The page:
My daily goal is a minimum of 3,000 words a day. For me, that’s about 2-3 hours, even with a good amount of research while I’m writing, although there are days where it seems harder and takes longer. If all goes well, I’ll have the first rough draft in a month, typically about 90,000 words. I’ll do a quick edit for major things like typos, secondary characters whose names change for no apparent reason, and to add in some description, and then send the book to my beta readers. I try to enlist a dozen beta readers, because my experience has been that only about half will actually be able to do it. (This isn’t intentional — they all want to. But life happens, and it’s a lot to take on as a favor!)
I usually give my beta readers several weeks to a month to get back to me. In the meantime, I also start an edit, this time on paper. I find that I tend to skim when I read on a computer screen, so I print it out and use a red pen (not purple – I’m not worried about my self-esteem!). When the beta readers’ comments come back, I incorporate those that resonate with me, or anything that’s mentioned by more than one person, and then do the “big edit.”
The “big edit” is the one that takes the longest. This one merges my own on-paper edits with the beta readers’ ideas, plus involves a very detailed reading of the work on the computer. I take it one page at a time, putting in my edits and then rereading that section and making more changes. This is where word selection, overused words (my most overused word is ‘just’), and adding description comes in heavily. Obviously, this edit takes the longest. I pay attention to Scrivener’s grammar and spelling checks, too.
After this, I move the document from Scrivener to Word and add the chapter breaks. I move it to my pc and employ Grammarly, fixing the spelling problems Scrivener’s tool didn’t catch (an amazing number), checking for comma usage, and doing a Find for overused words (again). I’ll catch things I didn’t catch up to this point, even though I’m trying to be very thorough. Once this is done, I move it back to Word on my Mac and use yet another spelling and grammar checking tool. Believe it or not, Word will catch things that neither Grammarly nor Scrivener caught! In IXEOS, there were three instances where I had “the” twice in a row. Neither of the other programs caught that!
One more quick read-through and I’m done. At this point, I communicate all the pertinent information to my production team at Streetlight Graphics. I’ve written here, here and here what questions I answer for each book. The hardest of these is the blurb, although I’ve gotten a lot better at those the more of them I’ve done. I usually do a lot of back and forth emailing with my daughter and my husband with these until we’ve gotten it fine-tuned. My daughter is especially helpful here because she’s my best beta reader, and so she’s read the books. My husband used to be in advertising, so his input is good, but he hasn’t read the books, so he is limited on what he can suggest. (He did read – and like – Solomon’s Throne, to be fair!)
After Streetlight Graphics has my information, my role changes to advisor and critic. We currently have the cover of IXEOS in draft form. It needs some tweaking, though, so it’s back on Glendon’s desk. Once I get a cover I like, though, I stick with that brand within that genre, so it gets easier. (You can see from this list that the 2 Quinn books have very similar covers, but different from the romance. The upcoming YA sci-fi fantasy is totally different from these. As a multi-genre author, it’s important that each have its own brand so that readers can readily identify those in the genre that they prefer — I probably won’t get a huge amount of crossover.)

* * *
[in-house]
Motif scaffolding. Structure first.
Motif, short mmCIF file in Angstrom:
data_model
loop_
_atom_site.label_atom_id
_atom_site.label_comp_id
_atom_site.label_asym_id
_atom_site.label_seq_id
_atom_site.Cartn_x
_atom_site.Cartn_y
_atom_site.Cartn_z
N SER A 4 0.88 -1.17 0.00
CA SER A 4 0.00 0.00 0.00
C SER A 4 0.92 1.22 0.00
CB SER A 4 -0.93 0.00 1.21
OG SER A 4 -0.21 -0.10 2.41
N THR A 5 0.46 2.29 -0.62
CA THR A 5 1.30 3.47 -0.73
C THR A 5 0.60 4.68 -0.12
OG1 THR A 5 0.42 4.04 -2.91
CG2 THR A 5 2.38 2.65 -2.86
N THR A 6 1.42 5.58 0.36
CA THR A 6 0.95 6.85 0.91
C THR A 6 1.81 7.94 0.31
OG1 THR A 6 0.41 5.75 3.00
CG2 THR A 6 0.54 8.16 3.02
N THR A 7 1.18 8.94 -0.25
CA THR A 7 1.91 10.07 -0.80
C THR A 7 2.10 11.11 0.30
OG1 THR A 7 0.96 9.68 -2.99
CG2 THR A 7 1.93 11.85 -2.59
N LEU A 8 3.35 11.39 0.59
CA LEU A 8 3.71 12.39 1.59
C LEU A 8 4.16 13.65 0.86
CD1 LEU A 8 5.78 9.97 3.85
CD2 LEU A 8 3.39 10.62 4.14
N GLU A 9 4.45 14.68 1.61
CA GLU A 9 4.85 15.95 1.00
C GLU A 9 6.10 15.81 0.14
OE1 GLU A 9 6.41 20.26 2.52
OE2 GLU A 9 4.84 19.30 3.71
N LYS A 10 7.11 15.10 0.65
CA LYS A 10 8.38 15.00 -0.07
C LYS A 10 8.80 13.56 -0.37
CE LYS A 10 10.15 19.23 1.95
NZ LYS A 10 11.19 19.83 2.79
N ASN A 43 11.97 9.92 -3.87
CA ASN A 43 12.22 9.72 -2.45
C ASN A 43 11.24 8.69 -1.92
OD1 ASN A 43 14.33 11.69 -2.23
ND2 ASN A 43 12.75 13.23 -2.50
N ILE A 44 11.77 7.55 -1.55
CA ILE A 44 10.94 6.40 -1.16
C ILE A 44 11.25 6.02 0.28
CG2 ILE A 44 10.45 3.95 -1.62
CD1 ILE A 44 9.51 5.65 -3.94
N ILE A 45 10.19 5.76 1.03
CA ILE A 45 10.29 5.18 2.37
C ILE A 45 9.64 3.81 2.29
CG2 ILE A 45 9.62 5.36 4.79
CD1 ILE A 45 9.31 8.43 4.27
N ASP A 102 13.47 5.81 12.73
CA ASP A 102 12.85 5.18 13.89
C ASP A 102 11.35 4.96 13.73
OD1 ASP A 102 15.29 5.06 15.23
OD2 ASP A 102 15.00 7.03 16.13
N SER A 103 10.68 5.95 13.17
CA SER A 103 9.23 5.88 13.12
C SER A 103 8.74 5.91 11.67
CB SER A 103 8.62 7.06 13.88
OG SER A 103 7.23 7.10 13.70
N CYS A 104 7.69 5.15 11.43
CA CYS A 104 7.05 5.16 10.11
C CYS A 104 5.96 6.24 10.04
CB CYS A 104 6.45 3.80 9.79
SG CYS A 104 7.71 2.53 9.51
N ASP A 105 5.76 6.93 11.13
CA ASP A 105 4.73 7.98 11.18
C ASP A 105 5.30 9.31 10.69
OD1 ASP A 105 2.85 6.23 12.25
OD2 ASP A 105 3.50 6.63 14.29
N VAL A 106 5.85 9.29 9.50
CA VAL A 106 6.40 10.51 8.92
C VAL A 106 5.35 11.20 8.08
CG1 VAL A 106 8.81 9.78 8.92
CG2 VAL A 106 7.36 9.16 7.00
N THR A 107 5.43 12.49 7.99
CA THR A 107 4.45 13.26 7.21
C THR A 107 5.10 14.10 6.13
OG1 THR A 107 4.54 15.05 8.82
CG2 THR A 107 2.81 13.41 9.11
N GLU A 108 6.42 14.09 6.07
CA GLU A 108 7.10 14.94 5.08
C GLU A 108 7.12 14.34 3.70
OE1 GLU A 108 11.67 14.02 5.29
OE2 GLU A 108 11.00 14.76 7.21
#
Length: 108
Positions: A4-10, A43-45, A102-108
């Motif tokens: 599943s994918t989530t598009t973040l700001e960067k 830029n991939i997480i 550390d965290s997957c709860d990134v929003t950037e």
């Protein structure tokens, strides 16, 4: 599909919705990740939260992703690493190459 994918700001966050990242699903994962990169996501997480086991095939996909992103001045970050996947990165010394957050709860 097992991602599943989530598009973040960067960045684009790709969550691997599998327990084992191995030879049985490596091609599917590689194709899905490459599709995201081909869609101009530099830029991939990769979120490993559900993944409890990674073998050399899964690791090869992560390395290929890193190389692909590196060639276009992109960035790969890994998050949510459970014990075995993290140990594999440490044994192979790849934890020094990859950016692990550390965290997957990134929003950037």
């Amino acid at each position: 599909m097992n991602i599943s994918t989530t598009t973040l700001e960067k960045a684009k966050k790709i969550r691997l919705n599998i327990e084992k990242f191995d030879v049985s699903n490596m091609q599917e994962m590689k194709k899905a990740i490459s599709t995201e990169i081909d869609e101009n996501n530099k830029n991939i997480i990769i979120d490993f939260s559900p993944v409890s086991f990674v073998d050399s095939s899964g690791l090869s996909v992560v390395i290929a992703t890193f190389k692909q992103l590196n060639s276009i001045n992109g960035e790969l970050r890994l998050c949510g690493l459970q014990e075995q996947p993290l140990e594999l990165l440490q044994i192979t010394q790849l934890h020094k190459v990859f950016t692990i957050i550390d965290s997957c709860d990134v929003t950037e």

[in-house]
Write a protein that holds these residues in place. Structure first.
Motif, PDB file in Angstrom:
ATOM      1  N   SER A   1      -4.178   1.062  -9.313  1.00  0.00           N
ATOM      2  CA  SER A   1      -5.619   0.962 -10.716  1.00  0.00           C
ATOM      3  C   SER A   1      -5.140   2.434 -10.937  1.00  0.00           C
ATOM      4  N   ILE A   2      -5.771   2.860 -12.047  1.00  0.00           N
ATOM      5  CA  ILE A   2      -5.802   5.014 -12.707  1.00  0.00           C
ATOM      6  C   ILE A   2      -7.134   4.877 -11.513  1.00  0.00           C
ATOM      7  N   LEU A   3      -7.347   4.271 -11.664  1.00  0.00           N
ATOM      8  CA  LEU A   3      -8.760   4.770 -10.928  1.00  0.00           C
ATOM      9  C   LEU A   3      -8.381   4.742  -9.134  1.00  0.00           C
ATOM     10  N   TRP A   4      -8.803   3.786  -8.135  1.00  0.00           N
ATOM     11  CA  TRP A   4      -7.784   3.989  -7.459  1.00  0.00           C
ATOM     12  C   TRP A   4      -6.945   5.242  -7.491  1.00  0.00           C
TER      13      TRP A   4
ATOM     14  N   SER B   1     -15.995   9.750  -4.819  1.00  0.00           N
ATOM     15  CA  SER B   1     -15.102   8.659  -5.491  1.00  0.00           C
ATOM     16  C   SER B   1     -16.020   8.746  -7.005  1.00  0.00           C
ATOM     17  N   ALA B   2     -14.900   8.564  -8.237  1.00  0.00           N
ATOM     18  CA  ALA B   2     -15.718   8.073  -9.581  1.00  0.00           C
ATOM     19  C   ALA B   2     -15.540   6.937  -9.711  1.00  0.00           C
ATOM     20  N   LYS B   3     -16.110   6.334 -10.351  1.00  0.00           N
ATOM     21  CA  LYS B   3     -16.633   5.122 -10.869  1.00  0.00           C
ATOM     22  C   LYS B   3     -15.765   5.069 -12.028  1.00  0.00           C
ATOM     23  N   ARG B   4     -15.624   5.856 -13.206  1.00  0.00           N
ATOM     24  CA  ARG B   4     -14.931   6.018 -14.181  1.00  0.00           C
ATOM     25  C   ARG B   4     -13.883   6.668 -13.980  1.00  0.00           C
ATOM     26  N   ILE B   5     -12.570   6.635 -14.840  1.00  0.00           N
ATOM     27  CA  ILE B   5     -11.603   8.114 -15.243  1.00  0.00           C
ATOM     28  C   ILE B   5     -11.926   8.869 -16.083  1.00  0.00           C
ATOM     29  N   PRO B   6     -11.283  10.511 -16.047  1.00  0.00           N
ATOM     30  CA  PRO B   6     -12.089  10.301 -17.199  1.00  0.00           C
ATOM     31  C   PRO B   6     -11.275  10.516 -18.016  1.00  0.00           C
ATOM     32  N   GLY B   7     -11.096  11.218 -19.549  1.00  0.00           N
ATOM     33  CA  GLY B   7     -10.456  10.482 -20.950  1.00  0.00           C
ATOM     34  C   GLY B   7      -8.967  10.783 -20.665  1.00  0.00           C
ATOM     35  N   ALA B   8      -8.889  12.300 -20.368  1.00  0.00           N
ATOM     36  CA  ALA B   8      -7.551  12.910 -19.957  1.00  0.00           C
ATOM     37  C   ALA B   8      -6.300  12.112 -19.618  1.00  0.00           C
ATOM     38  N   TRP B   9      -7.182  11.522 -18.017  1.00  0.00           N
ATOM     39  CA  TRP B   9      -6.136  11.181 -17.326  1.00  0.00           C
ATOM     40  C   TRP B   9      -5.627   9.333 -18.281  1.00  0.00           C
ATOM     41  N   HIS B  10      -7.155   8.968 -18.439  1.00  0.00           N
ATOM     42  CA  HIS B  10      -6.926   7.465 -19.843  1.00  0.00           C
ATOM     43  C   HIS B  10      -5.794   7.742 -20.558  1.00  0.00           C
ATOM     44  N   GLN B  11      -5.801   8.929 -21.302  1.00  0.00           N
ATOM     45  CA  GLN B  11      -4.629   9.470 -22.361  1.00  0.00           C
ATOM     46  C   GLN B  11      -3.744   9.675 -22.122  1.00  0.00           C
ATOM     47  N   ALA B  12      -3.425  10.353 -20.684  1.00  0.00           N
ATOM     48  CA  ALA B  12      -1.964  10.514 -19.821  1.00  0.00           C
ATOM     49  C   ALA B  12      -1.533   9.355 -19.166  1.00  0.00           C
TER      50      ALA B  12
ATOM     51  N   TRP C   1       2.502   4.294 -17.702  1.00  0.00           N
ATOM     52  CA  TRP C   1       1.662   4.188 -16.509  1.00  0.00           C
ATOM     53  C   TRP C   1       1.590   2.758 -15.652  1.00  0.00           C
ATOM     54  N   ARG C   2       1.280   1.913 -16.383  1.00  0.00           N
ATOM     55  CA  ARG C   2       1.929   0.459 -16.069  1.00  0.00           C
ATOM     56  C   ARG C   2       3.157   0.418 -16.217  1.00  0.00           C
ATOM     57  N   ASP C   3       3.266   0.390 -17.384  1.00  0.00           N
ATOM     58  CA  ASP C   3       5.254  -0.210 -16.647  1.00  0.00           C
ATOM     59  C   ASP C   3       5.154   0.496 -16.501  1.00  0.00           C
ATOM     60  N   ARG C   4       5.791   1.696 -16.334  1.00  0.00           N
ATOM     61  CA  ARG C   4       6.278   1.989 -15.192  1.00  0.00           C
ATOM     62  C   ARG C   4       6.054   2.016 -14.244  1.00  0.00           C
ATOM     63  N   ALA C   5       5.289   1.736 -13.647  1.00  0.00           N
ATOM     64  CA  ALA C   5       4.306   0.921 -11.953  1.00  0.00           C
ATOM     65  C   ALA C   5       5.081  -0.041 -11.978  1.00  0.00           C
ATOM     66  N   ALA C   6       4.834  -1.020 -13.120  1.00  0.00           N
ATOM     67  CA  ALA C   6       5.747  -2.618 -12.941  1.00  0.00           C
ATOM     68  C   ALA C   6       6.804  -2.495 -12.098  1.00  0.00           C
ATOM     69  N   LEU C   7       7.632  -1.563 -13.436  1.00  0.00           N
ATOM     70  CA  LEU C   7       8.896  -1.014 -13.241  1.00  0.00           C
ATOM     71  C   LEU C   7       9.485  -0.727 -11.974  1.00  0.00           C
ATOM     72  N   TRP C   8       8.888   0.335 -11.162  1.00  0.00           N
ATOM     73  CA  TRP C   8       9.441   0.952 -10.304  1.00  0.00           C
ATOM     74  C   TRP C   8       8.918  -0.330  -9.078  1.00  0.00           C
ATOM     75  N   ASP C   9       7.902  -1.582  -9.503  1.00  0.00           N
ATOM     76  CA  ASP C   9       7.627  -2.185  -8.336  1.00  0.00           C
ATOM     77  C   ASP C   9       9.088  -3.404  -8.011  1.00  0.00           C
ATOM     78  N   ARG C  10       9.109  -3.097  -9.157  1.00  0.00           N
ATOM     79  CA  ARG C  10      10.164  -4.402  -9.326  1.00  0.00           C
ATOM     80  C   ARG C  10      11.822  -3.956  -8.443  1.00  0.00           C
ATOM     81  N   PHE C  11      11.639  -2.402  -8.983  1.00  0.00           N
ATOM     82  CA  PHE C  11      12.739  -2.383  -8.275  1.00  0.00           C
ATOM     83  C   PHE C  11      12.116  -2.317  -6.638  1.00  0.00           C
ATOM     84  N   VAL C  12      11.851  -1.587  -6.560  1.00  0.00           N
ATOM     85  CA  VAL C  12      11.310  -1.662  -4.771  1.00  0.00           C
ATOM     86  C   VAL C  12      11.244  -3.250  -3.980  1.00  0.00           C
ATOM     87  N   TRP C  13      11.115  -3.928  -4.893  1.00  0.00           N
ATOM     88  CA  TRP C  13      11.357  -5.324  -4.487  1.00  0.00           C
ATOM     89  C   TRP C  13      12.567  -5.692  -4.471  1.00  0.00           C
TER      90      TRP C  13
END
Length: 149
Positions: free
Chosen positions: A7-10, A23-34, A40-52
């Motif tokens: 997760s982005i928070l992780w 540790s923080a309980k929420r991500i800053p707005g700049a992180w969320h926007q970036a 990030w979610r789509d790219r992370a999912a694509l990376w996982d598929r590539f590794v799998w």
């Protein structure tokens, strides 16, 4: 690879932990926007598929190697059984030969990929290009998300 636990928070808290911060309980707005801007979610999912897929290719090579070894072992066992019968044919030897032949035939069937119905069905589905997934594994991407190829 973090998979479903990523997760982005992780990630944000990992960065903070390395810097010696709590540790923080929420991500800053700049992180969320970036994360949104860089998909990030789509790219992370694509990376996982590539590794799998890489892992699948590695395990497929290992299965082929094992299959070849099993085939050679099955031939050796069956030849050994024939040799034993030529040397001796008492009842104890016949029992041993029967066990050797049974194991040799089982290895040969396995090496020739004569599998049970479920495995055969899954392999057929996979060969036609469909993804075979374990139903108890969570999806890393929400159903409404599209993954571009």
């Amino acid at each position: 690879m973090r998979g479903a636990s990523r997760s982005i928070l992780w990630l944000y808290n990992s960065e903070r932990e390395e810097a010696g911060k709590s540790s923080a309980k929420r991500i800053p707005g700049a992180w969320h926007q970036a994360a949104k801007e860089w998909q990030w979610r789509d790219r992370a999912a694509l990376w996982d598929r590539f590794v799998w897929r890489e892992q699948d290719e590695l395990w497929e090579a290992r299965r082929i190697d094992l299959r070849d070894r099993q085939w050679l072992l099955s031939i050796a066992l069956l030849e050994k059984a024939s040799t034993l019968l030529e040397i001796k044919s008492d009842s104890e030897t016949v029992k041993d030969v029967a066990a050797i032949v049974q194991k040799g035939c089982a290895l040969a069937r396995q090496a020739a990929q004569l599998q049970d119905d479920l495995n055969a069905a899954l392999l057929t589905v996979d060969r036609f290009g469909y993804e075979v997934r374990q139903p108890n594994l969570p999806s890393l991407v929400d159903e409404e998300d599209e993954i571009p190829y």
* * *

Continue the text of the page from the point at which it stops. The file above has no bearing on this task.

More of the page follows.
After the cover I’ll be reviewing the formatting. I produce my novels in both print and ebook formats, so we’ll check them out and make sure the font and the flourishes that separate scenes are good, the gutters are right, the chapter breaks are correct, etc. The same goes for ebooks. When all those are correct, I get my baby back and it’s time to upload. CreateSpace and Amazon are super easy, and Amazon’s KDP program gets the ebooks up and running usually within 12 hours. CreateSpace will have a draft copy ready for approval in about the same amount of time. Apple is a real pain and takes weeks for approval. Kobo and Barnes & Noble are easy. Smashwords is somewhere in between. For IXEOS, since it’s book 1 in a trilogy, I may only put it on Amazon and enroll it in KDP Select, which will mean a very easy upload process indeed.
Once it’s up, it’s time to promote. Actually, the promotion starts before this point, with “coming soon” posts on my personal Facebook page, my Facebook author page, Twitter, and this blog. As I’ve had success with the other books, I’ve got more money to put in outside advertising and will be having 2 launch blog tours in March. I don’t like to use Twitter and Facebook as scrolling bulletin boards, but I do put information on new books and promotions there regularly (and hopefully inoffensively!).
Even after the initial launch phase is done, the books need constant TLC in the form of paid and free advertising, short and sweet updates on Facebook, Twitter and the blog, blog tours and guest blogging, and word of mouth. The beauty of being an indie publisher is that I don’t have a short window to make money before my book is pulled like a traditionally published author. My books will be around as long as the internet and ebook stores are, so I don’t have to go nuts, I just need to keep exposure going. I’m less panicked about it all now because I’ve figured out that I do better taking a Saturday and planning my marketing for about a 6 week period all at once. Then I don’t have to worry about it. I have a Mac calendar set up just for marketing so I can quickly refer to it.
And that’s about it. Once it’s out there, it’s out there! The beauty of indie publishing is that you can revise and republish very easily, and I’ve done that for 2 of the books. But otherwise, it’s just doing your best to see that they succeed once they’ve left the nest, and believing in yourself and your product. After all, this is a business, and you have to believe in what you’re selling. If you don’t, no one else will!